I rise in the dark to make Ari and I a cup of tea, wake him gently, and throw on long-sleeved clothes with long sarongs round our heads – protection against mozzies. We take our tea outside to a spot on the side of the hill with the best view. Ari lays out an old kelim on the mown grass and we sit side by side cross legged to watch the sunrise, knees touching. We are in perfect time.
Just as the first glimmer lightens the sky by an infinitesimal fraction, the first Kookaburra lets out his raucous cackle. It’s such a ridiculous sound that it makes everyone one want to laugh with him. Try looking up YouTube “Kookaburra laugh...just Laugh” and “Kookuburra Call.” He punctuates the background stillness, where only the incessant cicadas drone and crickets chirrup. To our right, along our Southern boundary is our neighbour’s 80 acres of native forest. Our place is one third forest too. So we are surrounded by the territory of birds. And this is the time of day when they announce their claims and celebrate life better than any human I know. I’m talking too much. This is a time for no words.
Ari’s knee rests warmly against mine in the cool air. We sip the hot tea. Here comes the Kookaburra's call again, now joined by several others competing. Who can be most varied? How loud they are! The East is starting to flame a little, edges of glowing coals limning dark purple streaks of cirrus clouds. Nothing remains the same for even a parsec – and yet, in hightened senses, the shifts are so slow, subtle, simmering, fermenting the firmament.
Now the Pied Butcherbird joins in. Each bird has its own sequence of notes with which he improvises – “The Butcher Bird.wmv” and “Wow Amazing Butcher Bird Singing.” In the second YouTube video, the tree is a Poinciana, similar to two we have in our garden which are in full scarlet bloom just now. These birds make my heart sing every morning, thrilling me with the joy of being alive. The nearest one I call “Daddy” because, year after year, he’s so good at raising chicks with his mate. I know his particular song better than any other. The sky grows more colourful, every hue and shade of the spectrum filling the world while the land still sleeps in silhouette.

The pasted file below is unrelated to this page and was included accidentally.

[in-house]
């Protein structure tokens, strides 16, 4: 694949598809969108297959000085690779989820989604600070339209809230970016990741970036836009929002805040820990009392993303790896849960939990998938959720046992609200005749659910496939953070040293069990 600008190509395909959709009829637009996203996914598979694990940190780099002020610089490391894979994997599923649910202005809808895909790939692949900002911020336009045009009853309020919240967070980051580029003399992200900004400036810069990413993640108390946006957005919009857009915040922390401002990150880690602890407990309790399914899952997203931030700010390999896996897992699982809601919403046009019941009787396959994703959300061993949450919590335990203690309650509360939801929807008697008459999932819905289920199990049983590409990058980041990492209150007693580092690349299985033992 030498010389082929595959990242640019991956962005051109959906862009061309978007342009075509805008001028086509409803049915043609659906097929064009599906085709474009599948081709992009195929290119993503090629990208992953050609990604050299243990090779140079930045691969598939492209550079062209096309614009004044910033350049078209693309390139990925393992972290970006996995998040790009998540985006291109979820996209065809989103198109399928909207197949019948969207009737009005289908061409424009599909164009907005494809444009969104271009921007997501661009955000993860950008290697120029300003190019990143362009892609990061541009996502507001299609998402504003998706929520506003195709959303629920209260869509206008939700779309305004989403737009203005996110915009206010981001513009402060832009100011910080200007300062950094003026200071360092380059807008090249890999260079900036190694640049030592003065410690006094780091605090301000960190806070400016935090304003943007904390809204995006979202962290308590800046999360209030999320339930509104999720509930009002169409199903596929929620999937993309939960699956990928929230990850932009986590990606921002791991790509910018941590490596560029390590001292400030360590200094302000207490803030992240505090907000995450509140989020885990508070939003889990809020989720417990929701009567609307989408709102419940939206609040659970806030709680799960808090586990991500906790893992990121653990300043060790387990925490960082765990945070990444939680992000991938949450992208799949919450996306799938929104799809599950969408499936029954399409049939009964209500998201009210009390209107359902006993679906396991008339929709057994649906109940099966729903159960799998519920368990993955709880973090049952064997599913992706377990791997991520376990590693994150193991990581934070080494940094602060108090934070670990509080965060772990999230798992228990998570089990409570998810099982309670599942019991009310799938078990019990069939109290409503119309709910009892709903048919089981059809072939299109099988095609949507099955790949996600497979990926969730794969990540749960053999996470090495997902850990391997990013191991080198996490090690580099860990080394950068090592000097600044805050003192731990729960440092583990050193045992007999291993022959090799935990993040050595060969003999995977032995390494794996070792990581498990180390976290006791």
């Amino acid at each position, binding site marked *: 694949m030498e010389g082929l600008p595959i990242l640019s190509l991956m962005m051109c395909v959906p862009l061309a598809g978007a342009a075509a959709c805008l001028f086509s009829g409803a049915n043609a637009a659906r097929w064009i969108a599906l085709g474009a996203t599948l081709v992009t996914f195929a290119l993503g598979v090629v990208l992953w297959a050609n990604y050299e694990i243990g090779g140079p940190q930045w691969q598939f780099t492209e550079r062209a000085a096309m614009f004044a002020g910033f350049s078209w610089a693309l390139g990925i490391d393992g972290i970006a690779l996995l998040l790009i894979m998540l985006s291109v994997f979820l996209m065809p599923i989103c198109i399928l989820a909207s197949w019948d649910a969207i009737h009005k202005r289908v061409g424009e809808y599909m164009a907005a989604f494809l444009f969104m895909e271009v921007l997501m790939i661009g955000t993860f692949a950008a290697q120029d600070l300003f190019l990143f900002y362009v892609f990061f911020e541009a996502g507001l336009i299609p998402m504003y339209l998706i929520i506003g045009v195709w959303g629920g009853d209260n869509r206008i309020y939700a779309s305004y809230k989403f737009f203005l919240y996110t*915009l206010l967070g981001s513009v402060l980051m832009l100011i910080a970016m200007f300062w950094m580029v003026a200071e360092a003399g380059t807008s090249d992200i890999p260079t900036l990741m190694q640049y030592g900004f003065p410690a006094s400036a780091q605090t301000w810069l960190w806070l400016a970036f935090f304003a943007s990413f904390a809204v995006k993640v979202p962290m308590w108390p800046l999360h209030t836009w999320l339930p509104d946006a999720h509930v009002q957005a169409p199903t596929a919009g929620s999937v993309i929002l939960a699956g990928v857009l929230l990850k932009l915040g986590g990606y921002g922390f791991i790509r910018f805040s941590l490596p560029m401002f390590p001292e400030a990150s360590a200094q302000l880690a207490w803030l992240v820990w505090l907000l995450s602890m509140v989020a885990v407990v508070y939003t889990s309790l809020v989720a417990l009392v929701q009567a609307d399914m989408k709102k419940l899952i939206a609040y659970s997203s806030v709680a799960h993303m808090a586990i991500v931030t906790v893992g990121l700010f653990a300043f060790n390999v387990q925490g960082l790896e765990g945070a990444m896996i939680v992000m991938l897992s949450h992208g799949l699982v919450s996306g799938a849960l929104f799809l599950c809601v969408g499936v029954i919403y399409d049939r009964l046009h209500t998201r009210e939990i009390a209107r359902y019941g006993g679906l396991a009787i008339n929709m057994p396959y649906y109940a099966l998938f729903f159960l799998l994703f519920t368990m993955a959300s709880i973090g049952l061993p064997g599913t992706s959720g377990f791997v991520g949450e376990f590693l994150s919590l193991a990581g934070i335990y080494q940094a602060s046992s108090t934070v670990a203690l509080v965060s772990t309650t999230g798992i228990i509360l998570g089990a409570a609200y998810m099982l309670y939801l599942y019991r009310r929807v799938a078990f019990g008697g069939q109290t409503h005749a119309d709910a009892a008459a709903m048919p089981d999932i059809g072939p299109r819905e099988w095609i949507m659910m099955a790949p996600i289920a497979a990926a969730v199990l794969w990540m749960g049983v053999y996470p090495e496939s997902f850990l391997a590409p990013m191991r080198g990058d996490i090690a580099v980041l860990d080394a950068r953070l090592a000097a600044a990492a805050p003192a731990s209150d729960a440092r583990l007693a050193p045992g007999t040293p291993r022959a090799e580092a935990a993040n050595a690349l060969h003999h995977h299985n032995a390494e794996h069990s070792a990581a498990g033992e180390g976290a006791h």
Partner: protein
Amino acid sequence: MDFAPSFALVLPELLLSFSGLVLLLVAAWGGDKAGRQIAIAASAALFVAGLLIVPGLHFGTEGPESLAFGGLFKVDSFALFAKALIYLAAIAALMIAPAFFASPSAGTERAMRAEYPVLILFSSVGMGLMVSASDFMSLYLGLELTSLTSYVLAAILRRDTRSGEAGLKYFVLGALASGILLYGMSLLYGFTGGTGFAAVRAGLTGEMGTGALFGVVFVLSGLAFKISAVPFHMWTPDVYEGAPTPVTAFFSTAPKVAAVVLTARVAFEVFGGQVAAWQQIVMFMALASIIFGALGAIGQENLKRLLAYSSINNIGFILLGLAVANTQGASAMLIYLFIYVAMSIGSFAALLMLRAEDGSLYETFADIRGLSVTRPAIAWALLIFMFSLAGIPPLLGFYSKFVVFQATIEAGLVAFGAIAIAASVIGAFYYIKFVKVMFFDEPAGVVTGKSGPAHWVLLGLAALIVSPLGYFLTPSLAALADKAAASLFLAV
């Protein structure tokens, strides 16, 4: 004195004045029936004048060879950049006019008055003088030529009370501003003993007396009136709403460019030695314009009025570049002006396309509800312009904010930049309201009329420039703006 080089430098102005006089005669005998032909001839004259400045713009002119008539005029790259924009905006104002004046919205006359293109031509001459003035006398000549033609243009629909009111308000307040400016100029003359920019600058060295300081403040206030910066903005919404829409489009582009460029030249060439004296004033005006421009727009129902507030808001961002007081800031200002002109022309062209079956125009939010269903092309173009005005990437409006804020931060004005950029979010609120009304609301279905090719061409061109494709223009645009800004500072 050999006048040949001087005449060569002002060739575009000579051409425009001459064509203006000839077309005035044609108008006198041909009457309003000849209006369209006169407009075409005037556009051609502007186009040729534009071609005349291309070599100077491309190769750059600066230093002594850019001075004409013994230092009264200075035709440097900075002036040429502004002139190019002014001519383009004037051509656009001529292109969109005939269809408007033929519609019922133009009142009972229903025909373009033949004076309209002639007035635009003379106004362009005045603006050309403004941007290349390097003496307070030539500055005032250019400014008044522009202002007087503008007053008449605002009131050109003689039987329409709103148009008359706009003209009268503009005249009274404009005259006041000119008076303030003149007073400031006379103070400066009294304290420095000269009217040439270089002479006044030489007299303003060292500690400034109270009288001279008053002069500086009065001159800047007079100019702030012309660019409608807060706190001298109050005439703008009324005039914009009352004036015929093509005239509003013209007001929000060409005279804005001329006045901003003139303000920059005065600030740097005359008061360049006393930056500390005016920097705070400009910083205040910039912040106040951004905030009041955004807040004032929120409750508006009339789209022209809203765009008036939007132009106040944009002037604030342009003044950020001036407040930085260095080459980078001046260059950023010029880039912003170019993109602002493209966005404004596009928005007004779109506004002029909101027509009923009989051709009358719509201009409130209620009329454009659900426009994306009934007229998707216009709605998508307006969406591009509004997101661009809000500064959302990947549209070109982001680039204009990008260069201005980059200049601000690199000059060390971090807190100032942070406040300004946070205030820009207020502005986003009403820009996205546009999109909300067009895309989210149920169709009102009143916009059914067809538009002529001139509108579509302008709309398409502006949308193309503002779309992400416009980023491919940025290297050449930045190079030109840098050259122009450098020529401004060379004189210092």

The Wompoo pigeon coos a deep, throaty womm-poo-poo-poo... rhythmically over and over. Gradually other species of birds chime in, some melodious, some plaintive, some chirruping. They whistle and squeak and chitter. A Whip bird strikes the air with a double lash, splitting the soundscape like lightning. The Magpies and Currawongs warble ecstasy. In the far distance, a cock crows. Ari and I find ourselves soon experiencing a kind of bliss listening to all this as the sky slowly flames across the eastern horizon and then lights up Wollumbin Mountain. In the background, the noisy drone of cicadas and crickets never ceases. It too seems full of joy. The peak of concert cacophony comes with the four minutes as the sun bleeds over the crest of a hill and then rises to a full blinding white disc. Suddenly it is day and the birds cease their songs and only the insects continue.
Our mountain at dawn – Wollumbin (aka Mt Warning) – the remnant plug of an ancient volcano which sits in the very centre of our Tweed Valley.
It's 5.46 am (4.46 if we were not on daylight saving) at the moment the sun rises - Tyalgum, 28.3667° South, 153.2167° East
Happy Solstice to all. May we all experience such moments of ecstasy, such joyous thrill in being alive.